(2)The Outer Journey – Connection with our World
a commitment to encourage and resource members on a journey of service, justice and mission to others. LivingRoom seeks to both provide opportunities for corporate mission and to support and resource individuals in their own daily mission. We seek to keep in balance our call to be counter cultural but also Incarnational and Relational in our outward journey.
(3)Together Journey – Connection with One Another
a commitment to travel the inward and outward journeys in community. LivingRoom seeks to develop inclusive community through hospitality, inspiration from Scripture, shared life disciplines and intentional involvement in one an others lives.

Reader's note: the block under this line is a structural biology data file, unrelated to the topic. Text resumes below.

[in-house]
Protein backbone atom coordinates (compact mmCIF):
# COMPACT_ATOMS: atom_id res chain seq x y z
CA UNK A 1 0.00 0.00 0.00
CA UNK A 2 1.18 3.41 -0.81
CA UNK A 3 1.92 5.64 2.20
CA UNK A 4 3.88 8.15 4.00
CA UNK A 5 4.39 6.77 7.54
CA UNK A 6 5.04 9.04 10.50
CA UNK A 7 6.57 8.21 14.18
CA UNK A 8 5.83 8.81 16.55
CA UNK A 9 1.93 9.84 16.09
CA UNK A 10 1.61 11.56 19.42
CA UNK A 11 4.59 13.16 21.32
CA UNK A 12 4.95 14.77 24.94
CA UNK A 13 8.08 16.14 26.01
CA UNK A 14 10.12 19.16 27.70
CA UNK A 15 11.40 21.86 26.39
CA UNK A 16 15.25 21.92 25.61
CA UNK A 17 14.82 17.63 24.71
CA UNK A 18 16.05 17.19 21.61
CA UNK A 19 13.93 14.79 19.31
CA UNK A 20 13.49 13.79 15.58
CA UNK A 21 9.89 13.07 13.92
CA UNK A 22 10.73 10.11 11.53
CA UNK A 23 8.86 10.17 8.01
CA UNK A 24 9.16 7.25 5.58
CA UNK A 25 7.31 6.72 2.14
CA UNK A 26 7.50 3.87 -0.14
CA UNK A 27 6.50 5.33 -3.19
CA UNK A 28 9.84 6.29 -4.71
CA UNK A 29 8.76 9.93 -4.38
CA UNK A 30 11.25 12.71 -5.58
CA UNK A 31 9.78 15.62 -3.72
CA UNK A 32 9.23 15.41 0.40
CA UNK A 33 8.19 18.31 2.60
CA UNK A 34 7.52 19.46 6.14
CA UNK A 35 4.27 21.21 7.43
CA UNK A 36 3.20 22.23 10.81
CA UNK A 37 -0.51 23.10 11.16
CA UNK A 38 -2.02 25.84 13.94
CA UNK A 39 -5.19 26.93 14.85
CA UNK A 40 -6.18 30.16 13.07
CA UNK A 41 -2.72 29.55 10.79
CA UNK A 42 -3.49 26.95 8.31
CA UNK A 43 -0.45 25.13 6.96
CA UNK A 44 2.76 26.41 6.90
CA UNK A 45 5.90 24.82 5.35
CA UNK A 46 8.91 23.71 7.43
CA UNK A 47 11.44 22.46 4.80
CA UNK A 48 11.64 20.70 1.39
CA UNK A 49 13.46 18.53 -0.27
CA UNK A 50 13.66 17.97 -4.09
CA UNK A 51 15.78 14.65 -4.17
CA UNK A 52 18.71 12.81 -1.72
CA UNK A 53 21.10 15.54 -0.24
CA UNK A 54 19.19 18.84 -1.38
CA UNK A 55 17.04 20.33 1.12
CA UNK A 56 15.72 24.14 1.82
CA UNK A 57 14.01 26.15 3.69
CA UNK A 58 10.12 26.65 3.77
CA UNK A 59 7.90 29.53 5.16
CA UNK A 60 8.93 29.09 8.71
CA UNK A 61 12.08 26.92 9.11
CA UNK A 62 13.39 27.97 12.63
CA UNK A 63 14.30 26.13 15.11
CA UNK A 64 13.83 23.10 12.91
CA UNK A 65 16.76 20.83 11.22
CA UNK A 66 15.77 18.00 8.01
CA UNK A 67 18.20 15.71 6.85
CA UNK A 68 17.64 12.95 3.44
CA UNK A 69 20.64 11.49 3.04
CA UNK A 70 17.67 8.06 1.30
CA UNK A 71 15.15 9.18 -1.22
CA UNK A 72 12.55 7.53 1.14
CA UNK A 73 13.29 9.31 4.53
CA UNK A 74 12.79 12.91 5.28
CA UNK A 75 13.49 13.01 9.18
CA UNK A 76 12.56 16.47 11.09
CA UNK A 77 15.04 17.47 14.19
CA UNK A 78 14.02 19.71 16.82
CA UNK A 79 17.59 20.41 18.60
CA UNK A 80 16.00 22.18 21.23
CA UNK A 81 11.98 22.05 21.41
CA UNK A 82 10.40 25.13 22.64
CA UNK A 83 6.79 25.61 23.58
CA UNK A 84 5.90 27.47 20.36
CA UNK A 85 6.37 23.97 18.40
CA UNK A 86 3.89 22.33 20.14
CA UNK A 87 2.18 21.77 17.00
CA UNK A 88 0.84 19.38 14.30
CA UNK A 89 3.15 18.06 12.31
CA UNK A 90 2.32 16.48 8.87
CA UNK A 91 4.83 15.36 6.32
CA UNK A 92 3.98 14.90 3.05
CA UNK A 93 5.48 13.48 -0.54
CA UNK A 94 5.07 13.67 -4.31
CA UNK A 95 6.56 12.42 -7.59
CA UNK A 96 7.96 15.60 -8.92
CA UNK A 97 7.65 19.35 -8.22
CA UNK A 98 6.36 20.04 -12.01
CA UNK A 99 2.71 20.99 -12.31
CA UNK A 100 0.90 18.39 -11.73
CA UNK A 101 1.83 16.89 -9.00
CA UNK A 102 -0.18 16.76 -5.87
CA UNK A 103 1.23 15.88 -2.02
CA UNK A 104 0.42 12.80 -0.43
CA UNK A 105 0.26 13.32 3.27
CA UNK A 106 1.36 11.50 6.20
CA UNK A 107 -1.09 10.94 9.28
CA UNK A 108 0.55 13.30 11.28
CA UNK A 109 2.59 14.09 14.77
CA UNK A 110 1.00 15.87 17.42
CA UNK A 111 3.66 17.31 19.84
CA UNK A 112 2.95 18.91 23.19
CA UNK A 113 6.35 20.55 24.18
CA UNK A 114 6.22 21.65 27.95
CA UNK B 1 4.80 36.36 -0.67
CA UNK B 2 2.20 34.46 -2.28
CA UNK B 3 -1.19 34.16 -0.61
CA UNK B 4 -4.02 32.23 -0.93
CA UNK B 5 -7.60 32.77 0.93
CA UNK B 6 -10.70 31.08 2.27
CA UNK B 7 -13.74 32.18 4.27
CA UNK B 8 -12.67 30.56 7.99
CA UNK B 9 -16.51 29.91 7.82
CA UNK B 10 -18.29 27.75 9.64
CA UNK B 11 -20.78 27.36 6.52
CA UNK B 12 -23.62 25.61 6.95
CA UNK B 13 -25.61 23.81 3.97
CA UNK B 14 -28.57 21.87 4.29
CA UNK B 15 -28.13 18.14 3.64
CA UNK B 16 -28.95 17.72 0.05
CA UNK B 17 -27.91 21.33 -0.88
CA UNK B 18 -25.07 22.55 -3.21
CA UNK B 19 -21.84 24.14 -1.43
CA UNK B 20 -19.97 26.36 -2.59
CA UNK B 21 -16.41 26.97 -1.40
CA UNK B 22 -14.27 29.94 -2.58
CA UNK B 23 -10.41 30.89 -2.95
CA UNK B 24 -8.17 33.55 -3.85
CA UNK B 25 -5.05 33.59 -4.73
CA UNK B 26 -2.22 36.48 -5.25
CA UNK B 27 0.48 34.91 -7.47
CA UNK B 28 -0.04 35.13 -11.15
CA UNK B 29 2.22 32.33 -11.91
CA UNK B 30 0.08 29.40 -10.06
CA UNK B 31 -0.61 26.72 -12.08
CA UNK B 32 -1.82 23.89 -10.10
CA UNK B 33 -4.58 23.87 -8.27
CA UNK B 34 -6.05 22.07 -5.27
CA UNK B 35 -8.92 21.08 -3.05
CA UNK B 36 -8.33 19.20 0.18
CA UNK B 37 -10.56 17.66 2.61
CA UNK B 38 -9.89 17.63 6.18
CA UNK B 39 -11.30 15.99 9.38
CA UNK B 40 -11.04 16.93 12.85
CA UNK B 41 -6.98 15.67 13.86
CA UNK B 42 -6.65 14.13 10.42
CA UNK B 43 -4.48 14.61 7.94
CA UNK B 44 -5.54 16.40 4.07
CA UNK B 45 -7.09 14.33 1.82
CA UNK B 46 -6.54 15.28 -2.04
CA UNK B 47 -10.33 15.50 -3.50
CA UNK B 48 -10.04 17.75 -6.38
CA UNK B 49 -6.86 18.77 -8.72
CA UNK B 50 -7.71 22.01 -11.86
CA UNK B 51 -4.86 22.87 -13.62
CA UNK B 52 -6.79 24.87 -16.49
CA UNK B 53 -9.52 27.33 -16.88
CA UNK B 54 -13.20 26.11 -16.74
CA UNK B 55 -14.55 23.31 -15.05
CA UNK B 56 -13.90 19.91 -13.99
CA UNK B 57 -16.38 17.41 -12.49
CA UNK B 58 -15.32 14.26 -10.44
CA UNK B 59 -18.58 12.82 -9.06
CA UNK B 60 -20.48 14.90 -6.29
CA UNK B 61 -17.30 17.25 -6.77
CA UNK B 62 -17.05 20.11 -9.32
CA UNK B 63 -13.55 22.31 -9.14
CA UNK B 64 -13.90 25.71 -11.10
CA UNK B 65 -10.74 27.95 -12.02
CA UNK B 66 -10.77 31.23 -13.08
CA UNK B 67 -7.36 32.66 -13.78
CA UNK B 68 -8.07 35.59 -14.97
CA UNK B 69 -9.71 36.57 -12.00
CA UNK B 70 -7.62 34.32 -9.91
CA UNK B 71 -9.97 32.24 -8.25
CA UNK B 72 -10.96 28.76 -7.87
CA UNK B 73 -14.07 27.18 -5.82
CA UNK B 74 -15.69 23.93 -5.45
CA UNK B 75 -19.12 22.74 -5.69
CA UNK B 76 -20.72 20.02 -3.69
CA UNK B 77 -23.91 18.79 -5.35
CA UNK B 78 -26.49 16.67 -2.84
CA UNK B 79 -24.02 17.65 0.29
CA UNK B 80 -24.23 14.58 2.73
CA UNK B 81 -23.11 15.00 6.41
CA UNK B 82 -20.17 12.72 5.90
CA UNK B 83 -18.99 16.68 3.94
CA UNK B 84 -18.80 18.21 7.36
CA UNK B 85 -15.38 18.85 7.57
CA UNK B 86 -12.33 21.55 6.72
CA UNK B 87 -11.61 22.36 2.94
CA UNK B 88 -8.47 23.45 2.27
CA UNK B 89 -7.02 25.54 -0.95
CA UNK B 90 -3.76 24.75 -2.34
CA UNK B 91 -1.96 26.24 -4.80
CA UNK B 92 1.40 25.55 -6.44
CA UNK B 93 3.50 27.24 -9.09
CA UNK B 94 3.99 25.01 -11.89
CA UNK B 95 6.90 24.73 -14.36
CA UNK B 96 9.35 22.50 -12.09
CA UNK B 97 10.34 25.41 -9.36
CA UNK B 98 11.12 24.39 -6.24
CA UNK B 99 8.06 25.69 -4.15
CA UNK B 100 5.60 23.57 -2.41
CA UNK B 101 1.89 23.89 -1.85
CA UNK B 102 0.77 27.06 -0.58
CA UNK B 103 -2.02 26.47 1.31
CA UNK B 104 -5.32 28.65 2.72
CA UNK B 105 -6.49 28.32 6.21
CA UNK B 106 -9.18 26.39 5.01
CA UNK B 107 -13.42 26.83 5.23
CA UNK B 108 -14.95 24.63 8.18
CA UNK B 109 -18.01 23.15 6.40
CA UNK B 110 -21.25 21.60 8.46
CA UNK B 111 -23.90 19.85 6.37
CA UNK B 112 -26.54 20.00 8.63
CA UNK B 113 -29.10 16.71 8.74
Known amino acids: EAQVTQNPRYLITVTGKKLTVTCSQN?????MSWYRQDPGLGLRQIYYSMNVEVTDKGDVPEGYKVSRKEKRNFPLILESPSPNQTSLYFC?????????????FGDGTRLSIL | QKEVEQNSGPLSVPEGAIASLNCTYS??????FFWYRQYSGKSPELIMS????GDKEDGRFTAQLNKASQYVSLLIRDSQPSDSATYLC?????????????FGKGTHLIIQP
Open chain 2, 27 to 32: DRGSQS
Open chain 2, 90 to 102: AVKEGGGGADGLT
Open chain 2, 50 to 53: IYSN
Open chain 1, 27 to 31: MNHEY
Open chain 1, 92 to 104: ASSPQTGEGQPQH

We are all going to go back to reflect more on these core values and share more in the coming meetings.
So what do you think about these three journeys?
Tuesday, July 19, 2005
After coming back from Europe, I am very interested in knowing more about the differences between people from various countries in the West. So I interviewed three Australian born Aussies and seeked to discover what it is that makes an Aussie an Aussie, and how they saw the differences between themselves and people from other countries.
. What is distinctly Australian?
Individualism, materialism, appreciation of the nature (outdoor), sense of freedom, home ownership dream, beach holidays, relaxed and low pressure lifestyle on career and money , the Australian 'fascination with sport' (a unique capacity to identify with our nation's sportspeople, especially in international competition), “Larrikinism” (identify with public figures whose love of fun leads them into somewhat morally questionable situations). · How do Australians differ from Americans on the one hand and Brits on the other hand?